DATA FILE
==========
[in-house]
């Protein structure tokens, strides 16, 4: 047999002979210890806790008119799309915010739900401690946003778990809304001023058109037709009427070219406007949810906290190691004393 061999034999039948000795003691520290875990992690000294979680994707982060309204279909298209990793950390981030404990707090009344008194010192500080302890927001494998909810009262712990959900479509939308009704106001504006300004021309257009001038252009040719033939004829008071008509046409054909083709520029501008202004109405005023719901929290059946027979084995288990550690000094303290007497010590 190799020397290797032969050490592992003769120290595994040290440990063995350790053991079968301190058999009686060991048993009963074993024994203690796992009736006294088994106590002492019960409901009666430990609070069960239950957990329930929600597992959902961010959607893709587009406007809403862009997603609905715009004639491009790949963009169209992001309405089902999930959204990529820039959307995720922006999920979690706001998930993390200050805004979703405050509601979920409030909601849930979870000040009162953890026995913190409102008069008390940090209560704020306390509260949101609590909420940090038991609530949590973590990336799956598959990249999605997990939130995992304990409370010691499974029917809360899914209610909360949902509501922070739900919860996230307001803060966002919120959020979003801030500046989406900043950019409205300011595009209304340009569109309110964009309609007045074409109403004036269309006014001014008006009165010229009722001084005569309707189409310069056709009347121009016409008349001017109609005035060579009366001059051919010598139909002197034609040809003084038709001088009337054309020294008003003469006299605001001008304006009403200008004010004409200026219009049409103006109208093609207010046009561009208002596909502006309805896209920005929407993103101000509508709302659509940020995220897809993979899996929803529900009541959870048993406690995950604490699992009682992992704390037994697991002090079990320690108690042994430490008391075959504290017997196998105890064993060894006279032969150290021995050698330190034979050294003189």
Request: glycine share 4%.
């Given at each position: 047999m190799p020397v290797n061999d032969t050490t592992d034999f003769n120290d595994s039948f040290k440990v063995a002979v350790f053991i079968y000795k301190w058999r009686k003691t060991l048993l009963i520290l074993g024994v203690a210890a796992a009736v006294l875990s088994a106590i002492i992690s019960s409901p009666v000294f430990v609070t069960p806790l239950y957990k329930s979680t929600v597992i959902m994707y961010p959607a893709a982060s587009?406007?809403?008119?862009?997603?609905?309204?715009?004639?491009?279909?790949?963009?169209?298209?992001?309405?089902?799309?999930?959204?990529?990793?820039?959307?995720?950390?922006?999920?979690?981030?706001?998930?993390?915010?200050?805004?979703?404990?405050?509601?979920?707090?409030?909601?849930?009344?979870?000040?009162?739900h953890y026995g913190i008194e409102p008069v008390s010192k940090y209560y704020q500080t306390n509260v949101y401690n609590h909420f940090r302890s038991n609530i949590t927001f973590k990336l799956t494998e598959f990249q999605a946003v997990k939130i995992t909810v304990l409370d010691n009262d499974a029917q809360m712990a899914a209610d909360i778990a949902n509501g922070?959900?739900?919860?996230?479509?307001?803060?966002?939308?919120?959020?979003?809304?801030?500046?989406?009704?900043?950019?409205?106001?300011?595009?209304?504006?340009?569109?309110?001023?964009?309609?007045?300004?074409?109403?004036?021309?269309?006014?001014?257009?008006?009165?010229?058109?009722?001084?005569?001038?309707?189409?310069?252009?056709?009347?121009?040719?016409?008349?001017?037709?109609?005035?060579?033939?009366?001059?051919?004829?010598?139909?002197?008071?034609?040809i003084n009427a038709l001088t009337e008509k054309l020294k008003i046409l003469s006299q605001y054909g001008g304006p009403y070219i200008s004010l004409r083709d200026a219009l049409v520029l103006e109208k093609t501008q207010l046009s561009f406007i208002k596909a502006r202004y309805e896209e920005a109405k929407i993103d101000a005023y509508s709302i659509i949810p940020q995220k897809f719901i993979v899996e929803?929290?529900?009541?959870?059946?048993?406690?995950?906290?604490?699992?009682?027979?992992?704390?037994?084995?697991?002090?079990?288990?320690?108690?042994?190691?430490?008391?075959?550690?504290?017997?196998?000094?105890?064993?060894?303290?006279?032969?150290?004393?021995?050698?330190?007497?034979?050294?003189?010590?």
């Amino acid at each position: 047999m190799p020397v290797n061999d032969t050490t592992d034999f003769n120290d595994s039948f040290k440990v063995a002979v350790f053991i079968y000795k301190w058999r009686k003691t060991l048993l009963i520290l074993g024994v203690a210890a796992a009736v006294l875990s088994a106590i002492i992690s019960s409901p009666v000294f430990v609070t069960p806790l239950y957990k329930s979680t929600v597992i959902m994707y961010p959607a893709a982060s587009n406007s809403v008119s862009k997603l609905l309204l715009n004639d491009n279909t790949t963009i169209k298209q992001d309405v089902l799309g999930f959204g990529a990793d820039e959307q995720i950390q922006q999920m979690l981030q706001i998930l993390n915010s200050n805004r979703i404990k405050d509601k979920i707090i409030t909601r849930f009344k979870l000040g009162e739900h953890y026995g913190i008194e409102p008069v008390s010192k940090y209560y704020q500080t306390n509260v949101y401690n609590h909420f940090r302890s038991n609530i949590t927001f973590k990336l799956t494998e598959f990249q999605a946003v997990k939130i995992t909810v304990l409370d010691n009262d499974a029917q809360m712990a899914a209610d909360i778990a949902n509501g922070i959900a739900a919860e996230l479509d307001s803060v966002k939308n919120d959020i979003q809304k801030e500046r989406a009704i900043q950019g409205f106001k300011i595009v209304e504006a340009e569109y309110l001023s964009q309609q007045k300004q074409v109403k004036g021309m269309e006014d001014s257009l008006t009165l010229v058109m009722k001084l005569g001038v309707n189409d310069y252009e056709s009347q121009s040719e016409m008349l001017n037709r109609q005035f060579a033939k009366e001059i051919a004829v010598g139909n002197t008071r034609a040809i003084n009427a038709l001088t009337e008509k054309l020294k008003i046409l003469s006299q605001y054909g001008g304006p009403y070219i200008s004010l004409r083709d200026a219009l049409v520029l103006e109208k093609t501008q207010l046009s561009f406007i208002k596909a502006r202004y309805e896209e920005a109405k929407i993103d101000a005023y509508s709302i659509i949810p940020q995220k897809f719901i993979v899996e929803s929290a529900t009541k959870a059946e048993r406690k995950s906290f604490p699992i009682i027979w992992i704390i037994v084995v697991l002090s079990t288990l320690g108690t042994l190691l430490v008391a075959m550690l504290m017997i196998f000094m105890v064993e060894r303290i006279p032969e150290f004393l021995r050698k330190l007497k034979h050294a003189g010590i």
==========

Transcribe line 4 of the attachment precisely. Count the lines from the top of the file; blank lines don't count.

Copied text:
């Given at each position: 047999m190799p020397v290797n061999d032969t050490t592992d034999f003769n120290d595994s039948f040290k440990v063995a002979v350790f053991i079968y000795k301190w058999r009686k003691t060991l048993l009963i520290l074993g024994v203690a210890a796992a009736v006294l875990s088994a106590i002492i992690s019960s409901p009666v000294f430990v609070t069960p806790l239950y957990k329930s979680t929600v597992i959902m994707y961010p959607a893709a982060s587009?406007?809403?008119?862009?997603?609905?309204?715009?004639?491009?279909?790949?963009?169209?298209?992001?309405?089902?799309?999930?959204?990529?990793?820039?959307?995720?950390?922006?999920?979690?981030?706001?998930?993390?915010?200050?805004?979703?404990?405050?509601?979920?707090?409030?909601?849930?009344?979870?000040?009162?739900h953890y026995g913190i008194e409102p008069v008390s010192k940090y209560y704020q500080t306390n509260v949101y401690n609590h909420f940090r302890s038991n609530i949590t927001f973590k990336l799956t494998e598959f990249q999605a946003v997990k939130i995992t909810v304990l409370d010691n009262d499974a029917q809360m712990a899914a209610d909360i778990a949902n509501g922070?959900?739900?919860?996230?479509?307001?803060?966002?939308?919120?959020?979003?809304?801030?500046?989406?009704?900043?950019?409205?106001?300011?595009?209304?504006?340009?569109?309110?001023?964009?309609?007045?300004?074409?109403?004036?021309?269309?006014?001014?257009?008006?009165?010229?058109?009722?001084?005569?001038?309707?189409?310069?252009?056709?009347?121009?040719?016409?008349?001017?037709?109609?005035?060579?033939?009366?001059?051919?004829?010598?139909?002197?008071?034609?040809i003084n009427a038709l001088t009337e008509k054309l020294k008003i046409l003469s006299q605001y054909g001008g304006p009403y070219i200008s004010l004409r083709d200026a219009l049409v520029l103006e109208k093609t501008q207010l046009s561009f406007i208002k596909a502006r202004y309805e896209e920005a109405k929407i993103d101000a005023y509508s709302i659509i949810p940020q995220k897809f719901i993979v899996e929803?929290?529900?009541?959870?059946?048993?406690?995950?906290?604490?699992?009682?027979?992992?704390?037994?084995?697991?002090?079990?288990?320690?108690?042994?190691?430490?008391?075959?550690?504290?017997?196998?000094?105890?064993?060894?303290?006279?032969?150290?004393?021995?050698?330190?007497?034979?050294?003189?010590?």